May 1, 2008

Killings are a sad reflection on our society

Filed under: Politics/News — 4fooey @ 9:25 pm

This week two teenage boys were convicted of killing Sophie Lancaster. It is said that she was killed for dressing as a Goth, and at the time she was trying to stop the gang from attacking her boyfriend, also a Goth. Aside from the reasons why the couple were attacked, as if there needs to be a reason to be attacked at all, it is how Sophie Lancaster died that is the utterly shocking aspect of this episode; she was literally kicked and stamped on and died of her terrible injuries – her boyfriend managed to survive but was very badly hurt and is deeply traumatised by the attack. The Chief Crown Prosecutor for Lancashire Robert Marshall said: “Very occasionally, in spite of all the tragic and distressing cases that the CPS has to deal with, we come across a case that stands out as truly shocking. The murder of Sophie Lancaster and the vicious attack on her boyfriend Robert Maltby stand out for their utter pointlessness and sheer brutality. Worse still, it seems very likely that the attack started as a form of amusement for those involved.”

This attack is frightening, disturbing and, as the CCP said, quite unbelievable in its brutality and pointlessness. Sadly this type of incident is becoming all too common. If you search on BBC News for “kicked to death” you find many recent stories of some brutal killings, often committed by teenagers, some as young as 12 or 13.
— Four men have been found guilty of kicking and stamping to death a 55-year-old former soldier, 18 Apr 2008.
— Two men and a teenager are jailed for life for kicking and stamping a man to death during a burglary attempt, 18 Apr 2008.
— A 13-year-old boy is sent to secure accommodation indefinitely for killing a man and throwing his body on a bonfire, 11 Apr 2008.
— A couple who beat a 59-year-old man to death are jailed for a total of 24 years at the High Court in Glasgow, 26 Mar 2008.
— A girl who filmed a man (Gavin Waterhouse) being kicked to death in a so-called “happy slapping” incident is sentenced, 18 Mar 2008.

Also this week, it was revealed that an Austrian man had imprisoned his daughter in his house for over 20 years and repeatedly tortured and raped her. Truly shocking as this is, I feel it is a unique case. I would argue that the killing of Sophie Lancaster, and other cases like hers, is a much more worrying trend in society. It feels our society is more brutal and uncaring, and some people seem to have lost all notions of what is right or decent behaviour. These brutal killings are at the extreme end of this trend but in other ways you sense that our society is becoming more violent and generally disrespectful.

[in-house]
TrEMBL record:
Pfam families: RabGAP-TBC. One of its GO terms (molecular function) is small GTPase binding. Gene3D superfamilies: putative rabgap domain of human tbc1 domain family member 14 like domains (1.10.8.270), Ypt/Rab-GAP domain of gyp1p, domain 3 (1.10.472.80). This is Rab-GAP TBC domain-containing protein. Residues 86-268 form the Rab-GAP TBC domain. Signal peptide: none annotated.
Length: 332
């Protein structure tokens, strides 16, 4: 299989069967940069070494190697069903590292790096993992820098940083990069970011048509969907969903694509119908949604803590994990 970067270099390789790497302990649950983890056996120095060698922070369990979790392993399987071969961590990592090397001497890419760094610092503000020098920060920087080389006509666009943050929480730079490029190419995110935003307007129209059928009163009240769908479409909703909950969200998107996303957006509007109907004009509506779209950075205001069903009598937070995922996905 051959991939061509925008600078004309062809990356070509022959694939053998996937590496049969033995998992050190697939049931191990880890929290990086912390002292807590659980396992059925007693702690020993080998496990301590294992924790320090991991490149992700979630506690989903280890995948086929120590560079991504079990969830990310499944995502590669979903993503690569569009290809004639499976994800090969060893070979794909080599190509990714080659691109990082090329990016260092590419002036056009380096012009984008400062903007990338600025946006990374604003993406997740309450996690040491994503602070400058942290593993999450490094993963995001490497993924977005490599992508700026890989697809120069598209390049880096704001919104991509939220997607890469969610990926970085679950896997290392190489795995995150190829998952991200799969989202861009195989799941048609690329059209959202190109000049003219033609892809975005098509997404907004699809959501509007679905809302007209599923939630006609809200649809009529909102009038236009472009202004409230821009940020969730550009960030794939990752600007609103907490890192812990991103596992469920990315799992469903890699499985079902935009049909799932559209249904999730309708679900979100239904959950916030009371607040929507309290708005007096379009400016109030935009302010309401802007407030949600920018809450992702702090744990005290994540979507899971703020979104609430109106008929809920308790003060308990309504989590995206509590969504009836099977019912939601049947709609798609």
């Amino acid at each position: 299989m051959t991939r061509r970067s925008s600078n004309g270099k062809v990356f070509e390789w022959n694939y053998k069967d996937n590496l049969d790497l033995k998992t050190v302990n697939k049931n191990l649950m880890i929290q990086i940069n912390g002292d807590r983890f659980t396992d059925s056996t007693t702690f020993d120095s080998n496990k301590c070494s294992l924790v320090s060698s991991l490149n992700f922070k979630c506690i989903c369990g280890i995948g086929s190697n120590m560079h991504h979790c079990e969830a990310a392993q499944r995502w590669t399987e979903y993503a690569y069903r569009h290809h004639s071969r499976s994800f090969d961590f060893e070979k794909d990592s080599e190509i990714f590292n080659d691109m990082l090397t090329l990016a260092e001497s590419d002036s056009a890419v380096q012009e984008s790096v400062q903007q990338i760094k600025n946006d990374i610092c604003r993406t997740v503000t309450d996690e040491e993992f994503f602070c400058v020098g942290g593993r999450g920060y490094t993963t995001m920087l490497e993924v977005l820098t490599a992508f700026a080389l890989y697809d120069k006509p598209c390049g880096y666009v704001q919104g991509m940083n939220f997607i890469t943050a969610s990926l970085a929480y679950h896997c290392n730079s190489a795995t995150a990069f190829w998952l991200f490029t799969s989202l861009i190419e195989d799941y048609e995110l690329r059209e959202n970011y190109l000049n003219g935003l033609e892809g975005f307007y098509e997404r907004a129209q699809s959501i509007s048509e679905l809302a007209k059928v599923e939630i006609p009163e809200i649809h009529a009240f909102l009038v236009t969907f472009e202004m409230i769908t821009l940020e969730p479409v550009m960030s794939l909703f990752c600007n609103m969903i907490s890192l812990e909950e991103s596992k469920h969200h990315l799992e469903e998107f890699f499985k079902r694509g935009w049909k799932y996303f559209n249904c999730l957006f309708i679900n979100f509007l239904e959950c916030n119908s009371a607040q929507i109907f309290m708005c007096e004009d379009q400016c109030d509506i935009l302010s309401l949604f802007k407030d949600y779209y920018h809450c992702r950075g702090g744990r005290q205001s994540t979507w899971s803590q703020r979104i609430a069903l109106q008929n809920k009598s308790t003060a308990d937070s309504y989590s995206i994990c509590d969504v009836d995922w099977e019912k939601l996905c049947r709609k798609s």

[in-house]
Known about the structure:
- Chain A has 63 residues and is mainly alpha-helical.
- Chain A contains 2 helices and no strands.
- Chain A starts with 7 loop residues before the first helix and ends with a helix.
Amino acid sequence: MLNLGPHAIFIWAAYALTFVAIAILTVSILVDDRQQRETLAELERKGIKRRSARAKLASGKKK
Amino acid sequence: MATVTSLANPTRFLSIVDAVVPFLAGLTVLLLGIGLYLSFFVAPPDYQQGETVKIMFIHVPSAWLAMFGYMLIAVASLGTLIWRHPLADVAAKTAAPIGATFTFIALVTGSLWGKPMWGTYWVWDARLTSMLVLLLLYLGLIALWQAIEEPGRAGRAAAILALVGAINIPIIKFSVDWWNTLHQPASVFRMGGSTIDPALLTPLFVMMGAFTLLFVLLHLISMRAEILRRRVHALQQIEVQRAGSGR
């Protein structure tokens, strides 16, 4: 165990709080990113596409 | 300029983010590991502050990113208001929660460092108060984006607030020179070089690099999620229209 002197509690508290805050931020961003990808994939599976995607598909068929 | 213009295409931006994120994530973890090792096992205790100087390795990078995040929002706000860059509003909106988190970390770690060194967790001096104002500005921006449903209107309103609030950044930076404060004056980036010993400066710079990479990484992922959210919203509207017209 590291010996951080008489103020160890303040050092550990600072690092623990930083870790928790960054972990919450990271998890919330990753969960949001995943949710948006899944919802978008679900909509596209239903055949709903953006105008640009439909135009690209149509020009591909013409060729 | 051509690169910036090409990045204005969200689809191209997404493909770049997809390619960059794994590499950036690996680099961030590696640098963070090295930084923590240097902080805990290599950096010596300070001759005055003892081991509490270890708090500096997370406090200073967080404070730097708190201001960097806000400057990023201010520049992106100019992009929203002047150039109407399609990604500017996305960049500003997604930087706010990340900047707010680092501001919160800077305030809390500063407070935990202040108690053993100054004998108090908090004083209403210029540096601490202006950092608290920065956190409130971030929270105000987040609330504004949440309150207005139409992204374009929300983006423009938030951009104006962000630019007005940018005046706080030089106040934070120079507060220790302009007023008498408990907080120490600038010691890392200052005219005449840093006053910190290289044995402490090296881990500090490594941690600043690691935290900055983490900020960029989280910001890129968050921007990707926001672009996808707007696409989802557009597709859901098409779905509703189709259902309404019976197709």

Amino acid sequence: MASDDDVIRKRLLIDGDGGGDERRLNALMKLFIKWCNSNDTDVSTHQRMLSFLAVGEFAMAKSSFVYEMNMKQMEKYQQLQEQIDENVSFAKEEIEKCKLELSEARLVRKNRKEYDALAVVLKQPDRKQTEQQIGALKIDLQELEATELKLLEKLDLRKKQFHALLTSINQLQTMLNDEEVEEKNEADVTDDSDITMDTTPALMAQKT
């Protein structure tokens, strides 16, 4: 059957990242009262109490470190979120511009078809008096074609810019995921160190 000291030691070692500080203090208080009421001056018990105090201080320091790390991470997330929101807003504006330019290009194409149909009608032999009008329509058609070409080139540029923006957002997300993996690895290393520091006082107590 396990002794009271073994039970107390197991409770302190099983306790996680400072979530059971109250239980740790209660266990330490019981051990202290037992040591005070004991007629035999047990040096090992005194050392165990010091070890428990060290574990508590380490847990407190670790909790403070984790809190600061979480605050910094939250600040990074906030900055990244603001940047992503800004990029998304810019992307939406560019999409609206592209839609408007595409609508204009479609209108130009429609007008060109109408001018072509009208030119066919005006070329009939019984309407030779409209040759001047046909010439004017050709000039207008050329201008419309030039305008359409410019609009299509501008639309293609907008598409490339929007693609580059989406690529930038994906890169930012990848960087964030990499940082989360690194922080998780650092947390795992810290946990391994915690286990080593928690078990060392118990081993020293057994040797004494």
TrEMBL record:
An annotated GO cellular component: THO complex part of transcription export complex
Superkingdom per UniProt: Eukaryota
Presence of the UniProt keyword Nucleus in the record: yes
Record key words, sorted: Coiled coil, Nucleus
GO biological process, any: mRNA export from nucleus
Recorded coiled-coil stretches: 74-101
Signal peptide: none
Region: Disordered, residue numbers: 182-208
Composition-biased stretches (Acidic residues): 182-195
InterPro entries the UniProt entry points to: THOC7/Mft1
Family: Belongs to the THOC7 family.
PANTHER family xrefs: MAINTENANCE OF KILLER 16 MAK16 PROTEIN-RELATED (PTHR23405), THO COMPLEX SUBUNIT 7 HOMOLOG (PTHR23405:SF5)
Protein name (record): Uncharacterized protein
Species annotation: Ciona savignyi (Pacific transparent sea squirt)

1. Your post makes me very sad, but I have thought about this many times and it seems to be true. I can only hope that this increase in violence by young people is at least in part just perceived, as access to information has become some much easier. I am as concerned that the tendencies of these people go unnoticed, or are not acted upon before they commit these heinous crimes. How can that be? Surely they did not go from innocents to devils in one step. There must be some failings in structural aspects of society that allow things to go this far.

    Comment by conceptualizer — May 2, 2008 @ 7:36 am

  2. Since I wrote this post there have been 2 further shocking killings in the capital, one 16-year old was killed in a bakery, and another man was killed in Oxford Street. However shocking these killings are (and they are truly shocking and brutal) they are mercifully still rare and isolated to our capital and other major cities – this doesn’t make them less tolerable of course – but one should try to keep a perspective on this. What it does suggest to me is that the level of violence being tolerated is increasing – beating, stamping, and gang-lead attacks are common place in most towns and people get badly injured or worse. Carrying knives and guns is also common place among some sections of society. Alot of this activity is then involved with criminal behaviour, and in particular drugs. Illegal drugs are truly the scourge of our streets and communities. And so-called ‘casual’ use of illegal drugs only serves to prop up this business. It’s about time we exercised Zero-tolerance of illegal drugs – they are at the root of so much crime and misery.

    Comment by 4fooey — May 13, 2008 @ 9:44 am

  3. I too would probably be much harsher than most on drug crime. It’s a shame the government seems to be using drug criminalisation for their own agenda, rather than listening to the experts they appointed to assess the impact of different drugs.

    Comment by conceptualizer — May 14, 2008 @ 4:31 pm

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